Romano Sala Tenna of Katana Asset Management says his fund is sitting high on cash, waiting for the macroeconomic storm clouds of low global growth and inflation to pass. Photo: Tony McDonough
Low interest rates are making life miserable for cash holders, but investors are still holding it at high levels, bracing for volatility in the next few months.
Romano Sala Tenna, a portfolio manager at Perth-based Katana Asset Management said in recent meetings with east coast fund managers and financial advisers, the common theme was that most were sitting on close to their maximum weightings in cash, despite the official cash rate sitting at a record low 1.75 per cent after the Reserve Bank of Australia cut in May.
Investors have a growing awareness of macroeconomic events than before the global financial crisis, he said, which led to a rise in volatility – and fear.
“We see globally there are some really nasty storm clouds overhead, with the exception of the US,” he said.
He said while January seemed like a distant memory after two solid months of gains, sharemarkets endured their worst start to the year on record.
The volatility that has been a feature of the past 12 months has reinforced the thesis among investors that they should be sitting on extra cash.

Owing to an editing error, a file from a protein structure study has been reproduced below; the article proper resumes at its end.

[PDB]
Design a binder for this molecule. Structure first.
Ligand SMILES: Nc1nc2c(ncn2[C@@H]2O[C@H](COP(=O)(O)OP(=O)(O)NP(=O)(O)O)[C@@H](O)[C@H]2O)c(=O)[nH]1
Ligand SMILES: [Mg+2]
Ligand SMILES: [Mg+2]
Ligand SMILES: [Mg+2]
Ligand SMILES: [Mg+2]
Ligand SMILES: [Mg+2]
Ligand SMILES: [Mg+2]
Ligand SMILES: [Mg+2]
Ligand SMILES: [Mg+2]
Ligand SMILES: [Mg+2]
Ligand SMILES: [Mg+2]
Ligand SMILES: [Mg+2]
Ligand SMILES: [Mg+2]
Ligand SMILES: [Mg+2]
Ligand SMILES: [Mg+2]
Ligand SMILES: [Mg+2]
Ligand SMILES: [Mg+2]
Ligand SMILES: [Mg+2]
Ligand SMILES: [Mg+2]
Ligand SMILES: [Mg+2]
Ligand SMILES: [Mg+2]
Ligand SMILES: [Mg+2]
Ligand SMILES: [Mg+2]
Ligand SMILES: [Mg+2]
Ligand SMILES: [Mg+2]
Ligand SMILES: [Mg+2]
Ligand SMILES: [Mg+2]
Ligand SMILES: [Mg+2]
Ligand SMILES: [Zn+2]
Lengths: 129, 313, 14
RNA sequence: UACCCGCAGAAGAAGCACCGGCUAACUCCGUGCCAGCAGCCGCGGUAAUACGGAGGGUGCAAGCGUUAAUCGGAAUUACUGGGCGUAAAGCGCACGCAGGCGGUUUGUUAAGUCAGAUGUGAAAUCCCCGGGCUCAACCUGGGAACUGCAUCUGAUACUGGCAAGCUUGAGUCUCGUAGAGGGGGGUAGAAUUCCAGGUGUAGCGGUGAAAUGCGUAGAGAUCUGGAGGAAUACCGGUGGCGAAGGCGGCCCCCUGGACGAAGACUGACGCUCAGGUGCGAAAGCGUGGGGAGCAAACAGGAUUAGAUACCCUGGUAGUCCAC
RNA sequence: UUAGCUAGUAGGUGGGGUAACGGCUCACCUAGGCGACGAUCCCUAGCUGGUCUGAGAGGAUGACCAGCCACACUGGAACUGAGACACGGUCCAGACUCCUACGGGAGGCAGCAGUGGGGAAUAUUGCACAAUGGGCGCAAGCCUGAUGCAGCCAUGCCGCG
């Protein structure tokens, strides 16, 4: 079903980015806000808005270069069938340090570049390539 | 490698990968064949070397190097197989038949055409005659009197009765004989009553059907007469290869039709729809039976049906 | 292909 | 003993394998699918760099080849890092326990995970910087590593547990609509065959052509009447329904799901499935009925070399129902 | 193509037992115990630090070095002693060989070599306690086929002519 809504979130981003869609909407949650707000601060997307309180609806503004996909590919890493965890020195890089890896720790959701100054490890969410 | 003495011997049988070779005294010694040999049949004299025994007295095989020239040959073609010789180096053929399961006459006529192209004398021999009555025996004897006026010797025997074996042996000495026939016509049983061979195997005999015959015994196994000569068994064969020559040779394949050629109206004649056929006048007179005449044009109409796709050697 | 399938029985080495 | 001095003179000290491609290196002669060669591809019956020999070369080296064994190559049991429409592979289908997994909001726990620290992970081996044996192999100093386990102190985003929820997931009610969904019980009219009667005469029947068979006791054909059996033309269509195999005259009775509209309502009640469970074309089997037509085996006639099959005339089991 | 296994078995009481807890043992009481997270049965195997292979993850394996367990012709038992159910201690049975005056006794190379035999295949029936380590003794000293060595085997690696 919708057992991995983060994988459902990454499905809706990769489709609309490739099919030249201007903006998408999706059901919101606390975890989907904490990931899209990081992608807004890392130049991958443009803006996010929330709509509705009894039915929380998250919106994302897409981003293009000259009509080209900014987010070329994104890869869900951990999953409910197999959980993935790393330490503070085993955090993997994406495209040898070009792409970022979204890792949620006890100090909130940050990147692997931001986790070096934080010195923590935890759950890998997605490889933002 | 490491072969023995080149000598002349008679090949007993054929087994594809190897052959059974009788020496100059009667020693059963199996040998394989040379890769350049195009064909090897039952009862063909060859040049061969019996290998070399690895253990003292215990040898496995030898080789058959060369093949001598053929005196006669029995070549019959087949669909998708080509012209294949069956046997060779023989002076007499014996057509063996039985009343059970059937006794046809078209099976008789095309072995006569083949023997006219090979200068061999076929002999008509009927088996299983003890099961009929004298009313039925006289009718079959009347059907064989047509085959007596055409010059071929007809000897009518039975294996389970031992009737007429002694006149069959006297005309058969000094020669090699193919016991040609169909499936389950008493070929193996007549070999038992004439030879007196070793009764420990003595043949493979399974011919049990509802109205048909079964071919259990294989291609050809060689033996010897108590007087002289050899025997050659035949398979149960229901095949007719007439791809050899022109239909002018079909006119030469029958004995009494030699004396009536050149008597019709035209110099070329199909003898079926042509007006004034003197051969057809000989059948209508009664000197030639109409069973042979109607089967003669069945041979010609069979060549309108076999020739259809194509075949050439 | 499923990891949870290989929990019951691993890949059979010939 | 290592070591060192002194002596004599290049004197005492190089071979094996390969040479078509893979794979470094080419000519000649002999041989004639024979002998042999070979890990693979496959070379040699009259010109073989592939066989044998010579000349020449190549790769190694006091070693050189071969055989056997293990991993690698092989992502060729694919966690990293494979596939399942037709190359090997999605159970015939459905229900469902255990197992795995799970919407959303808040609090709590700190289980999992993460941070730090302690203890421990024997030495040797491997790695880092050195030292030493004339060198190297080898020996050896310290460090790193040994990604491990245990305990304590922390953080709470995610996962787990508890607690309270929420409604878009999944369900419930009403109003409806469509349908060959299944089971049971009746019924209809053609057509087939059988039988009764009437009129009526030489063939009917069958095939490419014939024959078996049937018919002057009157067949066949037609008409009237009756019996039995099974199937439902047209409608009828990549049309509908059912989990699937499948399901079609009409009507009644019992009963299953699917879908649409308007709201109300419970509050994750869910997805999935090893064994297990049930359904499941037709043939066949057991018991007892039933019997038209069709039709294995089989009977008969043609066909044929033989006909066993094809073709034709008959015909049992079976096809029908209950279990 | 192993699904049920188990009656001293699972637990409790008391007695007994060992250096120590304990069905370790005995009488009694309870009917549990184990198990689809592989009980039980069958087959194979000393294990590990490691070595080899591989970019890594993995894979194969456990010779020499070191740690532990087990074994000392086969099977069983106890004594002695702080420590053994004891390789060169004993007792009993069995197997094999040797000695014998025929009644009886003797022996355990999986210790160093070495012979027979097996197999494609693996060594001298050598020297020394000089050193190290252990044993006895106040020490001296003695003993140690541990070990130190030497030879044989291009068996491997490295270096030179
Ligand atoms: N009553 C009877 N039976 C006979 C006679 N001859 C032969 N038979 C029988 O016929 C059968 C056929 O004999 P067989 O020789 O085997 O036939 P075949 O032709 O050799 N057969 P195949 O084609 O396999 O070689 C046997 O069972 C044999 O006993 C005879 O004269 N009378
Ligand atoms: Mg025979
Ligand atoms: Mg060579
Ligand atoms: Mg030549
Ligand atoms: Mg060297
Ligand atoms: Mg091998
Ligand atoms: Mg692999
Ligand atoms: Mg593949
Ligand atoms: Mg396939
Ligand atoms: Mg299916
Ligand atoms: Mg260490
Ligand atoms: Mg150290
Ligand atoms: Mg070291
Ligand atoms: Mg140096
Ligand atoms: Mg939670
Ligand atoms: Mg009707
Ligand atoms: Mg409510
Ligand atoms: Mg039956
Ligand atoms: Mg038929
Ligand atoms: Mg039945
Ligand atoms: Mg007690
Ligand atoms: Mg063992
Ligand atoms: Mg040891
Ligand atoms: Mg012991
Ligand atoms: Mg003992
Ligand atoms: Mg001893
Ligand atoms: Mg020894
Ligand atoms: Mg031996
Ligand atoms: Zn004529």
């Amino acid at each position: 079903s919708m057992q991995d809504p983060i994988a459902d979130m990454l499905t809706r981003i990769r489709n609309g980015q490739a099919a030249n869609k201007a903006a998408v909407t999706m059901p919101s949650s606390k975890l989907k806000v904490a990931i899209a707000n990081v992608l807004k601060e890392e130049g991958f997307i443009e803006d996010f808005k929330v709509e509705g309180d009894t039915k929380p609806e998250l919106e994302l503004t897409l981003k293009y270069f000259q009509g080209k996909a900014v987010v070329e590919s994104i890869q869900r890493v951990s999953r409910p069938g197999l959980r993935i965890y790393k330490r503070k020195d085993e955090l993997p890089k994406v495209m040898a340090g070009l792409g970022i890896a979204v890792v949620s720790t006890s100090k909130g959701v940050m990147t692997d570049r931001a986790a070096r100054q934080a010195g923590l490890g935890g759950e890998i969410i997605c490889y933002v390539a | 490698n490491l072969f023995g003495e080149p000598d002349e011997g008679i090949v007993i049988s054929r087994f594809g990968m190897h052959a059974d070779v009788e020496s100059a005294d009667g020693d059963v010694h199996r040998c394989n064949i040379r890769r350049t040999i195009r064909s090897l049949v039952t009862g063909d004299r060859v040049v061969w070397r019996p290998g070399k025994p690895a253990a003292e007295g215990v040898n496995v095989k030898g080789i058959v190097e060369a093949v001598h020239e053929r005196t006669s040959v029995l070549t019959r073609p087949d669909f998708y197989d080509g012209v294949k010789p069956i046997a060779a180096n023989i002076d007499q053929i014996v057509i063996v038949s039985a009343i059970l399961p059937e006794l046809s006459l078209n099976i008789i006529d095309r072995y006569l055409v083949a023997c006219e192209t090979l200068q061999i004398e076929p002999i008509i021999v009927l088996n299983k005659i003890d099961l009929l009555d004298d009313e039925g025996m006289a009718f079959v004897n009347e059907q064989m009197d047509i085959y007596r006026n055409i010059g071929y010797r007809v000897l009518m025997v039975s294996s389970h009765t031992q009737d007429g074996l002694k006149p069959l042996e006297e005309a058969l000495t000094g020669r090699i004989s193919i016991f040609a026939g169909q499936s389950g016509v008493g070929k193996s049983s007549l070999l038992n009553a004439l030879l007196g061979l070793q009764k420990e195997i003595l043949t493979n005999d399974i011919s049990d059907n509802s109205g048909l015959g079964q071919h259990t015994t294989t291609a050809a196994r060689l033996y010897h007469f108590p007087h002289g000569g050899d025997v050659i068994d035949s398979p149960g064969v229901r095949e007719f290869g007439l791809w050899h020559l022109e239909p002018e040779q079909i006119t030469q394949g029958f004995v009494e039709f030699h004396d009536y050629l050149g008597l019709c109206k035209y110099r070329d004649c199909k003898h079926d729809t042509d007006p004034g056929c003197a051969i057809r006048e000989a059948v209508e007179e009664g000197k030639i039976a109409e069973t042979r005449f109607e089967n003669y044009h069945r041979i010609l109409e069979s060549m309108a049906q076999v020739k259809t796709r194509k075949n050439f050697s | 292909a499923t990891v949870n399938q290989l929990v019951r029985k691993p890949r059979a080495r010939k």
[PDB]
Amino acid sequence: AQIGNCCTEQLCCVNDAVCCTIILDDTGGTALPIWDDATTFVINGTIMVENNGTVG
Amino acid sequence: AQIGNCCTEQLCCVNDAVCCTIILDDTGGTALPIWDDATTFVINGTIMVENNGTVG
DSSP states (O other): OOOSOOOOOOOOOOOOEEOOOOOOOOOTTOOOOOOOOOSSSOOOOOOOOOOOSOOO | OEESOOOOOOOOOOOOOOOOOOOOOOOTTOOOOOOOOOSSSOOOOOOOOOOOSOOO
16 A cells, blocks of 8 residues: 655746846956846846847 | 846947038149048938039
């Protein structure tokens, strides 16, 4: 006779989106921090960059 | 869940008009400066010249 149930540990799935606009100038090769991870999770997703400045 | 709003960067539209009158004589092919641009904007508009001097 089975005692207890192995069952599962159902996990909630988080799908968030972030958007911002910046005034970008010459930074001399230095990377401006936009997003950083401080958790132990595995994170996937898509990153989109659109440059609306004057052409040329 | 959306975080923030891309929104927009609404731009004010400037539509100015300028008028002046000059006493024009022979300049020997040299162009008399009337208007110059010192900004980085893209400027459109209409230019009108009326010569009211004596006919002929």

“Notwithstanding the last two months have been strong, but if you look on a 12-month rolling basis, the market is still well below where it was 12 months ago,” he said.
The S&P/ASX 200 on June 1 last year was around 5700 points, and is now around 5300, meaning against the benchmark, cash has outperformed.
Katana too is sitting at its maximum cash allocation, but if the seasonally weak months for shares – May through September – fail to dampen investor spirits, and the global macroeconomic spectres of low inflation and economic growth materialise, Mr Sala Tenna said his fund would reconsider their position.
“To date we’ve been able to hide in cash, but it’s going to get harder if the market continues to turn [higher],” he said